several ways to meter the light

There are several ways of metering the light. I will discuss them here. In the next chapter I will deal with the work flow that is involved with all these ways.

Incident light
Principally this is the purest form of light metering: you meter the amount of light that hits the subject. You can do this by means of a separate lightmeter (outside the camera) pointed at the light source, which meters the incident light and indicates right combinations of shutter speed and aperture.
You can do the same with a metering camera, if you use it to meter a so called grey card. This is a card with a neutral grey colour. The card has the same reflection as the average subject - the value to which the camera meter is adjusted by the factory (18% grey). You put the card in the same light as the subject, point the camera to the card and meter the amount of light.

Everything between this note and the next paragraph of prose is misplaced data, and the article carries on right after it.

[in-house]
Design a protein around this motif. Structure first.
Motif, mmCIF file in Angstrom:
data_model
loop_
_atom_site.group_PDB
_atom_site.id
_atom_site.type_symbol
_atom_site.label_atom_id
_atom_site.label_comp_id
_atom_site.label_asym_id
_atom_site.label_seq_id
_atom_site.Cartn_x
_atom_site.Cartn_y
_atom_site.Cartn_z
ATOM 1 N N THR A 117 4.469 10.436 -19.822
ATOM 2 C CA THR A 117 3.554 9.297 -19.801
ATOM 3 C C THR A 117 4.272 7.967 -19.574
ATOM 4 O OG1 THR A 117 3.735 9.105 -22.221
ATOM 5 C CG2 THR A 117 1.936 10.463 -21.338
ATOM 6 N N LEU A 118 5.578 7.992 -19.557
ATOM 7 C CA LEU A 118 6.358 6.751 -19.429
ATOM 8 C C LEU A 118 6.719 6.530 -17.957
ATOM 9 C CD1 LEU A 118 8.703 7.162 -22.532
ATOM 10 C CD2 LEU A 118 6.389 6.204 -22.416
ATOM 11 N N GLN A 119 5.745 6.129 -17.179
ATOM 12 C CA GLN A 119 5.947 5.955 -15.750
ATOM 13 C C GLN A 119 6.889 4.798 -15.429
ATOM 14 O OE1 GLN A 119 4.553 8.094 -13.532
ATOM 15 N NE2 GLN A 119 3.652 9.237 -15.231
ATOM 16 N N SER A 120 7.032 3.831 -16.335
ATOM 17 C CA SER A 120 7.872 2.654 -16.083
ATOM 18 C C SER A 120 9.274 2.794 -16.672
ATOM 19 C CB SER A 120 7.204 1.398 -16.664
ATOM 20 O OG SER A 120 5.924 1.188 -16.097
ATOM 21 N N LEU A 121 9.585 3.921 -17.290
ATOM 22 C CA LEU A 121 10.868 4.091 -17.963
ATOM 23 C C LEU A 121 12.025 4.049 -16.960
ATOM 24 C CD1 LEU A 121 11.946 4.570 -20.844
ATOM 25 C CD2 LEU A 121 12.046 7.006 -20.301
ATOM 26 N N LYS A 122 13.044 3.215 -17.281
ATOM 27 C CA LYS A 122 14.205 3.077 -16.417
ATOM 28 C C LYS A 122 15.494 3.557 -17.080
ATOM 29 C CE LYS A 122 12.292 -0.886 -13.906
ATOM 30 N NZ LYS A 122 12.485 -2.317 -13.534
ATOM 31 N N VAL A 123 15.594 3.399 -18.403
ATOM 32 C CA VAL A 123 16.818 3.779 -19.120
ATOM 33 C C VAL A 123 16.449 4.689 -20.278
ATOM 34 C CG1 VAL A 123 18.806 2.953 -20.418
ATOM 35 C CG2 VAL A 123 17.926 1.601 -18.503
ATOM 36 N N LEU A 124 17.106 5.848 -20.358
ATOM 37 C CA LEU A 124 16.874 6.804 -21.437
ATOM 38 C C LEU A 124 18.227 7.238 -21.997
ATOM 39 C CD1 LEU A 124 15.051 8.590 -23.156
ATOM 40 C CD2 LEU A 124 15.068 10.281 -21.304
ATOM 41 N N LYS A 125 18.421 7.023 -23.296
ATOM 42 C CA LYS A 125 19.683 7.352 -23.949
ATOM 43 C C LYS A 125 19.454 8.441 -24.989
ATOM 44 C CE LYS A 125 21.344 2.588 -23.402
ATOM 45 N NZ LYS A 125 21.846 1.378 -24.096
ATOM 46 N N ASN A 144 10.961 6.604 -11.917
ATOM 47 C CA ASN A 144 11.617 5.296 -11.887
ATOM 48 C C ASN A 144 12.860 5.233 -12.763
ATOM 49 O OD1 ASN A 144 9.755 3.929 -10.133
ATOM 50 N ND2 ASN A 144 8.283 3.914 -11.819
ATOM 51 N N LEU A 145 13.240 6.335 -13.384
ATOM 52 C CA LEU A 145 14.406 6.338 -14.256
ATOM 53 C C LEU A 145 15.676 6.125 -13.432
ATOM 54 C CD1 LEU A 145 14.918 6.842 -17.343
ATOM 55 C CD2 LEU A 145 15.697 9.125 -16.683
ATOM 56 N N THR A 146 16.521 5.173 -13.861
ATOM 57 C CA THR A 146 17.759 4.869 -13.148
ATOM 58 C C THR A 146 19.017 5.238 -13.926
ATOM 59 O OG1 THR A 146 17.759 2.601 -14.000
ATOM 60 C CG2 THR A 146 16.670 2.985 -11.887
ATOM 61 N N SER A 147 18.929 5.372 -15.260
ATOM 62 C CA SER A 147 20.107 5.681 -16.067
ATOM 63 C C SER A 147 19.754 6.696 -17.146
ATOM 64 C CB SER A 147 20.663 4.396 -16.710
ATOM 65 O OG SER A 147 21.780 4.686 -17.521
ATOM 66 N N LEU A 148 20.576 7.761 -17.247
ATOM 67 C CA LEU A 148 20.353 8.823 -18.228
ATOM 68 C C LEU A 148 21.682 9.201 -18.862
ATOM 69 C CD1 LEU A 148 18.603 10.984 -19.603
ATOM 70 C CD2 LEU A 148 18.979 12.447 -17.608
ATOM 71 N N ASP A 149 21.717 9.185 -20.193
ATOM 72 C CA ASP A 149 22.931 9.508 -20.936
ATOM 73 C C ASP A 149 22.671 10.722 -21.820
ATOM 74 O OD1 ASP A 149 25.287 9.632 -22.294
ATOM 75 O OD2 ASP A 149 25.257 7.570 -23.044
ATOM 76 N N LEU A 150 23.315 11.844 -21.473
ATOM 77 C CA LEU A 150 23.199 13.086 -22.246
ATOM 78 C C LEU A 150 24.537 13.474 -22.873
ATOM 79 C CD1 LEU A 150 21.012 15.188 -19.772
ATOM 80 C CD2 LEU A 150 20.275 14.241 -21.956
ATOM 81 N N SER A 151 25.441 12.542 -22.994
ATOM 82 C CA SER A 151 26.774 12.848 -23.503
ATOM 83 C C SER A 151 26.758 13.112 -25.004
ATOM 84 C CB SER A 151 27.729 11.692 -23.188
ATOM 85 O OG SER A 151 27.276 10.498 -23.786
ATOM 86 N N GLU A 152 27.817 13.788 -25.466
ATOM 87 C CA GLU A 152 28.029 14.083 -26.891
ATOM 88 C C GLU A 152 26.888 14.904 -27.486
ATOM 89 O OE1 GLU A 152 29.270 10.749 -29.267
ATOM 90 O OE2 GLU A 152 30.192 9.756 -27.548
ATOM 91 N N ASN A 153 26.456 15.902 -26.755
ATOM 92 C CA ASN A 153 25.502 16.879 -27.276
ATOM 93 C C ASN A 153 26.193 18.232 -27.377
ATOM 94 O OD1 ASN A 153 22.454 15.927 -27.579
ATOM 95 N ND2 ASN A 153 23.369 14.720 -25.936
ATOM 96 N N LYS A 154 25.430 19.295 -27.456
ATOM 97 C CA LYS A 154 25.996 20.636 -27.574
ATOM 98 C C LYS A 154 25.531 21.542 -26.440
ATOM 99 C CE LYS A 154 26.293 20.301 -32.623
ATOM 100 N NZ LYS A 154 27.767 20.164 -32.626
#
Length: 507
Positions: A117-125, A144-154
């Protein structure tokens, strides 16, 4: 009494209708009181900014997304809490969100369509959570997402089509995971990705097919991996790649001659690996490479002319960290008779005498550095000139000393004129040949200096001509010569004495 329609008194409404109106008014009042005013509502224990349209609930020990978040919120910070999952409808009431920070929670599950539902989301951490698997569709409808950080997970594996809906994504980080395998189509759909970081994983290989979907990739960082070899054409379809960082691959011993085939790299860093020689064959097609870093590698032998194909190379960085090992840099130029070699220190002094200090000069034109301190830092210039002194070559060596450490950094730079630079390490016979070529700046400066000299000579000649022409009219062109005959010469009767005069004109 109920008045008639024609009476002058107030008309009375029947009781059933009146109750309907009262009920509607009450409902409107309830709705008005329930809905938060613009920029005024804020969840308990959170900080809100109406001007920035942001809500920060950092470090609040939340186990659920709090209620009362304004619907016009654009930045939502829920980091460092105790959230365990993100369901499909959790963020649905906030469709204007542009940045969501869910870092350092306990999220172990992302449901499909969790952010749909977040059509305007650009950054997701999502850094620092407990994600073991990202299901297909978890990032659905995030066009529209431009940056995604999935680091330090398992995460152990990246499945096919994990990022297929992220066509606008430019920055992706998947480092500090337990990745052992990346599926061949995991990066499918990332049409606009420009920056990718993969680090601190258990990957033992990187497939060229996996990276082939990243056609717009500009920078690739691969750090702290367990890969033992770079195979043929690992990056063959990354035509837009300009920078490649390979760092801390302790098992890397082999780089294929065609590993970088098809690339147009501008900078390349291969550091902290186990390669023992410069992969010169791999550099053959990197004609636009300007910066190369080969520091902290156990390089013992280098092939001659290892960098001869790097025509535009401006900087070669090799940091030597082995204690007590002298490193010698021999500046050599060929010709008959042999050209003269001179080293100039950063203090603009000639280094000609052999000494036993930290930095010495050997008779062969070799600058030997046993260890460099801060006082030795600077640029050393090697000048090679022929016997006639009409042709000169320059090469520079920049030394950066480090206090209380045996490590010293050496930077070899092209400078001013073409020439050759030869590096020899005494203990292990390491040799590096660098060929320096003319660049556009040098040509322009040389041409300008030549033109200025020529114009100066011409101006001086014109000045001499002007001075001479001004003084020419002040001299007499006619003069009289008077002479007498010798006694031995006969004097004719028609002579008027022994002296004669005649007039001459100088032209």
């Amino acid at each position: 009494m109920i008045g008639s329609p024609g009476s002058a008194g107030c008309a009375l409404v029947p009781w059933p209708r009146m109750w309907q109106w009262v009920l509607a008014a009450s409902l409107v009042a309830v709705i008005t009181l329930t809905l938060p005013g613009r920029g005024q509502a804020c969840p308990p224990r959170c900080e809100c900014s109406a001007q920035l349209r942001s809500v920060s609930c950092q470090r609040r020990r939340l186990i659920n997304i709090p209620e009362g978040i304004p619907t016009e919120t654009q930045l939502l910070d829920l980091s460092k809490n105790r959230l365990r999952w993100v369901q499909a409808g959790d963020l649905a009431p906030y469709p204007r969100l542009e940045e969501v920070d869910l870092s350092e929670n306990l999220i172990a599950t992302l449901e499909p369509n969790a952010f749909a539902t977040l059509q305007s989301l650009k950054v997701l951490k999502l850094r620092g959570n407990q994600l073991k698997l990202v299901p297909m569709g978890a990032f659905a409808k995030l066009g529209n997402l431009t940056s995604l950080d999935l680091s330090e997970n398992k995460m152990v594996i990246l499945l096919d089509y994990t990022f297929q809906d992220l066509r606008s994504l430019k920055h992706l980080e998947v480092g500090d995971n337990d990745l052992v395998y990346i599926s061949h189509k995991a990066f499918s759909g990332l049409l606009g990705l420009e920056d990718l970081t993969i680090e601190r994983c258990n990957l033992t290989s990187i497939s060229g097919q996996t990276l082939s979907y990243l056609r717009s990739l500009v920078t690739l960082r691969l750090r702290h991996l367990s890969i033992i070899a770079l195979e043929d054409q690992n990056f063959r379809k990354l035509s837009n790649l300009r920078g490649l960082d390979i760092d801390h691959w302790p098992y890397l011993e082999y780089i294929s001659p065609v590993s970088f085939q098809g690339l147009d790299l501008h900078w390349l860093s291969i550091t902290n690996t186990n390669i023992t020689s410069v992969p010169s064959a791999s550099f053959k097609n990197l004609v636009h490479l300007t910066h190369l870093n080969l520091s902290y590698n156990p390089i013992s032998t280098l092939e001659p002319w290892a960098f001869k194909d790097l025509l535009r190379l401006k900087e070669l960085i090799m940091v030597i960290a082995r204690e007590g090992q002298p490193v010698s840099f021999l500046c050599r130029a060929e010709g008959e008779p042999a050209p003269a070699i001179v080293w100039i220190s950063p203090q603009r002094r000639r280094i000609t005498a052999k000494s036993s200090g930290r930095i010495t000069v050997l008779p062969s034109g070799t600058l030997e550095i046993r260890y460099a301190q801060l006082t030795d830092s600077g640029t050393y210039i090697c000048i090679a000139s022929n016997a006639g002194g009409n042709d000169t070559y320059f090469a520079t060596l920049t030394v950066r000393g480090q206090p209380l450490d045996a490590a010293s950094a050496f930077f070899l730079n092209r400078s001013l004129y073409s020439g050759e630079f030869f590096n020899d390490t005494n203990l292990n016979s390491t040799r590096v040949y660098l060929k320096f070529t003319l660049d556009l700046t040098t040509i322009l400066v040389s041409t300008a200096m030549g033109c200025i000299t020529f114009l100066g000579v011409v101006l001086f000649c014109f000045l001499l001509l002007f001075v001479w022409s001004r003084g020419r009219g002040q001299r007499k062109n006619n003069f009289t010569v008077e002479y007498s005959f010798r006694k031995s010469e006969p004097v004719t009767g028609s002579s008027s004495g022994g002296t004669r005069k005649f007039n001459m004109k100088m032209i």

You can do the same without a card, by pointing the camera to the palm of your hand (unless you are gardening!). The value indicated by the camera is about one and a halve stop brighter than 18% grey (a sheet of white paper will be two and a halve stop brighter).

Reflected light
Using this method, you measure the amount of light reflected by the subject. This is the easiest way to meter with a camera, because you will always point the camera towards the subject!
This method is less pure, because the amount of light you meter, depends on the subject. A black cat reflects less light than a white one and as a photographer you want the black cat to be black on the photograph and the white one white - not the same middle grey.